SINGLE REVIEW: EMINEM – “BERZERK”

by Ryan Meehan

I got a chance to sit down and listen to the new Eminem track last night, as well as check out the video for the song that is the first single “Berzerk” off of his new record The Marshall Mathers LP 2 due out November 4th.  I’m a little behind since this single was released back on the 26th of August, but this week it’s in peak position on the hip hop charts so I figured that there is still plenty of time to discuss it without bringing up old news.

This cut is produced by Rick Rubin, who is very well known for his collaborations with artists who want to use guitar samples in their music.  His most recent hit was Jay-Z’s “99 Problems” and now he hopes to add to the establishment of his relevance on the pop charts with the one and only Slim Shady on the mic. 

Of course, Rick’s not new to the rap game – he was responsible for the Aerosmith/RUN DMC crossover hit “Walk This Way” as well as countless other Def Jam artists from that era.  One of his most successful projects was the 1986 Beastie Boys album “Licensed to Ill”, and this song features samples from two cuts off of that record:  “Fight For Your Right to Party”, and “The New Style”.  But the sample that dominates a majority of the mix is Billy Squier’s “The Stroke”, a song that I have always been a big fan of.  Although it’s pretty obvious that I don’t consider the rest of Billy Squier’s work to be terribly influential, I’ve always really dug that one and it’s one of those moments where you hear it and you can’t believe it took somebody that long to use that sample.

For the most part, the song is pretty cool.  If there is anything to be desired, it’s that possibly the chorus hook would be a little more memorable, but it’s saved by the end of the phrase where Mathers says “All Night Long” over the descending chorus hits of the Squier sample.  The lyrics and rapping are good in the verses, and try to match an old school beat with some newer pop culture references as one might expect from the Slimster.  There’s even a breakdown in the middle that features a turntable solo for all you breakers getting ready to drop your cardboard.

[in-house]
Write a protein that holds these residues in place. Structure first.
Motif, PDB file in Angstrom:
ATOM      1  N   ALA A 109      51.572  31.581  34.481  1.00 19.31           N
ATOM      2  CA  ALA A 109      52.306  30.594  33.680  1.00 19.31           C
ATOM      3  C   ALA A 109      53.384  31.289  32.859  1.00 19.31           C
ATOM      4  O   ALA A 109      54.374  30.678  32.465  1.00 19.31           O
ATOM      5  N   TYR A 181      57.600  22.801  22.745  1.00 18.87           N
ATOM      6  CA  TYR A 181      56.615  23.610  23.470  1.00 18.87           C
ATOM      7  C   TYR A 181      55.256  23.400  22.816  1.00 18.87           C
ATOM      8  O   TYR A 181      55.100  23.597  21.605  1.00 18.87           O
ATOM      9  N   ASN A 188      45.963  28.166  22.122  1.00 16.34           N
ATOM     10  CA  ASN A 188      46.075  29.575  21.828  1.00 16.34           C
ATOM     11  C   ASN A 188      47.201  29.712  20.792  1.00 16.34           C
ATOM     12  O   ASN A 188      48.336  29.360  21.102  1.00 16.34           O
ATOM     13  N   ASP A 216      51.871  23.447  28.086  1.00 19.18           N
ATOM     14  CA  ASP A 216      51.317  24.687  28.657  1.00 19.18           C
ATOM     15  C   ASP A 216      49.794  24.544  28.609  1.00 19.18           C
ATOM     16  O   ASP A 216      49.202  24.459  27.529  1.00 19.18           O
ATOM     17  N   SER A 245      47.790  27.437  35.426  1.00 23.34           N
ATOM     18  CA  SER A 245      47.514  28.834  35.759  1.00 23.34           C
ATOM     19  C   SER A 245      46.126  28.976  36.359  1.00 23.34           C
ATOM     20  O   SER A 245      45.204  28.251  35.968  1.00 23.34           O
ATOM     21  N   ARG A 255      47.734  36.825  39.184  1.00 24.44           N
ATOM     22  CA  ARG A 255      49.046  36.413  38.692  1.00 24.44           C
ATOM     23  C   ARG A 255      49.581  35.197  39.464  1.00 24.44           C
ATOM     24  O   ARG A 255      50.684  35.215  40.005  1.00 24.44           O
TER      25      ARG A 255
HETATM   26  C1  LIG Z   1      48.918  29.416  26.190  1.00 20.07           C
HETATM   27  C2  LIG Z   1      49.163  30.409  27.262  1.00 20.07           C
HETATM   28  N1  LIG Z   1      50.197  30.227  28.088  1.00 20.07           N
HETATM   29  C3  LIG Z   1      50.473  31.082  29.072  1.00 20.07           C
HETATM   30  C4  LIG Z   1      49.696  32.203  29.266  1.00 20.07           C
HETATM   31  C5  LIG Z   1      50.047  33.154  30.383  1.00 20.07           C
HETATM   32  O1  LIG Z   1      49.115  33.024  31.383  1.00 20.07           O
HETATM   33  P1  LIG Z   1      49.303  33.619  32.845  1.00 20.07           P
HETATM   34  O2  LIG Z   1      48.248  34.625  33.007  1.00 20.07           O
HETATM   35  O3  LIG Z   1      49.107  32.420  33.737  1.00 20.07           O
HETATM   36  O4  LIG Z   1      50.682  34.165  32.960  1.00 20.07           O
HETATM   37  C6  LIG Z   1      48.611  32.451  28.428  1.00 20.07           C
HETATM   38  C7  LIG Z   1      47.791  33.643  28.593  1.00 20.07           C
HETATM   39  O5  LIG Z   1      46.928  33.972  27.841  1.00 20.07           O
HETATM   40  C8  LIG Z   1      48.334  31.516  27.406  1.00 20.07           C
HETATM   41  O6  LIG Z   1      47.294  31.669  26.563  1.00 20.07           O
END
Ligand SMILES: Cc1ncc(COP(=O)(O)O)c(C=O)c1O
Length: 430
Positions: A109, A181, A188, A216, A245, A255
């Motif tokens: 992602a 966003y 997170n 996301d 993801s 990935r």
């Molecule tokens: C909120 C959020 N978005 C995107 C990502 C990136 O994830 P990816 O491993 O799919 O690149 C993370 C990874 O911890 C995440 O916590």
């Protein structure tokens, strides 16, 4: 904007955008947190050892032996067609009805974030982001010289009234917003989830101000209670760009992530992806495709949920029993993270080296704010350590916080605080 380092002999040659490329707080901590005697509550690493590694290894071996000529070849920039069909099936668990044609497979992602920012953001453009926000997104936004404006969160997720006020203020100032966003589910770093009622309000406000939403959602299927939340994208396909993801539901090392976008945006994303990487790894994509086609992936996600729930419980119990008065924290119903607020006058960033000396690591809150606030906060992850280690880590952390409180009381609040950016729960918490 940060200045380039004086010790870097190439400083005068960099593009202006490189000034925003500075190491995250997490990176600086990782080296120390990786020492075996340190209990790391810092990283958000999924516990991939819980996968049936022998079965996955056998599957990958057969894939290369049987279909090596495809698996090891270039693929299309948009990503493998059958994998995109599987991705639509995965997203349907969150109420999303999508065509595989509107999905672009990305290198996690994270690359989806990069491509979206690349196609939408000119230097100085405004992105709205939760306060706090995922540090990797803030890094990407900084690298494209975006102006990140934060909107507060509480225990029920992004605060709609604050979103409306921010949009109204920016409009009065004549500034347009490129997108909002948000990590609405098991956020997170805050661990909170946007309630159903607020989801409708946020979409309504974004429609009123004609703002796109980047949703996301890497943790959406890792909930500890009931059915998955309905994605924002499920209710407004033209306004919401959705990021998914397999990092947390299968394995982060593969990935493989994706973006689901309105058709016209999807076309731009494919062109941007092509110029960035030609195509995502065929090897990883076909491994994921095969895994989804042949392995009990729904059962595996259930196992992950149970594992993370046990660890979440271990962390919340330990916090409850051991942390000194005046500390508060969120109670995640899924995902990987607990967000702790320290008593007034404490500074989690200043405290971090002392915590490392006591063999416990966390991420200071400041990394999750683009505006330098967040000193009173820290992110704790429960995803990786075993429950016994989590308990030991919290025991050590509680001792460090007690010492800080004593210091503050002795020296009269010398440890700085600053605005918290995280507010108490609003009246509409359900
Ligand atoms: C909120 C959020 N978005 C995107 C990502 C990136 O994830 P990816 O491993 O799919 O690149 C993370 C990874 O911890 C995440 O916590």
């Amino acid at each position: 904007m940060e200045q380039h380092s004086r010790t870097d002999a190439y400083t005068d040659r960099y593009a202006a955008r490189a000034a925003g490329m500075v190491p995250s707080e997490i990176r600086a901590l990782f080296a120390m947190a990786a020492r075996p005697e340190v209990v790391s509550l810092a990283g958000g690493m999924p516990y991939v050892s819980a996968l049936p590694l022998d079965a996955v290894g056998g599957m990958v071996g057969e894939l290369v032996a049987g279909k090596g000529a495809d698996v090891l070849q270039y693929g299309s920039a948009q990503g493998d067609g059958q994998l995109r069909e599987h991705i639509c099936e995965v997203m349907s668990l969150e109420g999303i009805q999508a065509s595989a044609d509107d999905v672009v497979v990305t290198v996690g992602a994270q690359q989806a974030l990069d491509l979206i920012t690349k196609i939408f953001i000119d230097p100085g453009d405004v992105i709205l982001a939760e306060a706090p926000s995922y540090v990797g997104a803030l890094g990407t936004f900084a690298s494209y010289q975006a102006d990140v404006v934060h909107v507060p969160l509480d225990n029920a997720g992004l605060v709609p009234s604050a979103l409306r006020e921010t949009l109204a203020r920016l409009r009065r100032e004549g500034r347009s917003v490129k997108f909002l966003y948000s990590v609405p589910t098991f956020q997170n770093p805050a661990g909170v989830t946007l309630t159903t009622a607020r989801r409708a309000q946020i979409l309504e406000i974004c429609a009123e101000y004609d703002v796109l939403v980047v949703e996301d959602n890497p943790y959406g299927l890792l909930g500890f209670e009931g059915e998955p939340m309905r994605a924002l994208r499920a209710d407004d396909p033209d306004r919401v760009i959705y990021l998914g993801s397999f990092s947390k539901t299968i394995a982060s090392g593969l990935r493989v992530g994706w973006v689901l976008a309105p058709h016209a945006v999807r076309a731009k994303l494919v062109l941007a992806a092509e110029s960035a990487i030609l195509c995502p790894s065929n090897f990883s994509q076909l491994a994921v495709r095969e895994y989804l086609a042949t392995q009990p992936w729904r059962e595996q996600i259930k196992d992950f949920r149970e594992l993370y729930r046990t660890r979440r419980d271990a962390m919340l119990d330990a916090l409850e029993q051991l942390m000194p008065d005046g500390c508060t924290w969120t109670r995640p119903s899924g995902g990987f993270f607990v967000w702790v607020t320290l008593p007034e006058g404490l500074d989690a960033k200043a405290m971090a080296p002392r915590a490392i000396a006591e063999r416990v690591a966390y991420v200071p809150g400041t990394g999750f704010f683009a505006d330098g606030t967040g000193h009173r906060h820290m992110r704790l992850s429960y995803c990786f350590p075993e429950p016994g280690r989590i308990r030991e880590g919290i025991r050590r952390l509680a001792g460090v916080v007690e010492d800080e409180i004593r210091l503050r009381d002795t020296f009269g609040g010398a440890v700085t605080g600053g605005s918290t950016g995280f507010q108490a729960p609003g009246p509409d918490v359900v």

I love the video for this track because it’s got all sorts of old school elements.  There’s one clip that has Em roaming the streets of Detroit in a stocking cap with the skyline in the background, and the sky has that infrared effect that was used in the Beastie Boys’ video “So Whatcha Want”.  The main shot of the video is Eminem and Rubin in front of a big breaker-style jambox bobbing their head to the beat.  In my research for this piece, I was surprised to learn that Rick is just 50 years young, but still I can’t help but wonder how many people watching that video on YouTube have no idea who the hell he is.  All of this includes video from the original Squier clip where each member of the band is wearing blue jeans tight enough to ensure none of them could have kids until at least the end of 1987.  I’ll let you check it out and judge for yourself right here…

Eminem seems to have really cleaned himself up.  I saw him in the booth on ABC’s Saturday Night Football during the Michigan / Notre Dame talking with Brent Musburger and Kirk Herbstreit, and for all of the shit he’s been through (both imposed as well as self-inflicted) I am always very impressed as to how he’s been able to hold his own on programs like that.

I understand the direction of the single itself, he’s trying to use some older chops to give the new record that kind of old school New York 80’s feel to it and I love it.  But that’s me…I’ll be 34 here in a couple of months.  (I think, let me double check my Driver’s License)  My worry is that there are going to be some of Eminem’s newer fans that aren’t going to be as crazy about this, because they began following Em’s career and don’t have the knowledge when it comes to old school rap music.  And that’s sad, but with a lot of the weak hip hop that has come out over the last decade or so I can understand how the younger generation prefers flashy visuals as opposed to just damn solid samples.  Hopefully, those who haven’t ever heard some of the music that this track pays homage to will check it out and discover the tracks that had a huge influence on today’s hip-hop artists.

Rating:  8.2/10.0

Once again thanks for visiting First Order Historians and enjoying more of the internet’s finest in user generated content.

Meehan

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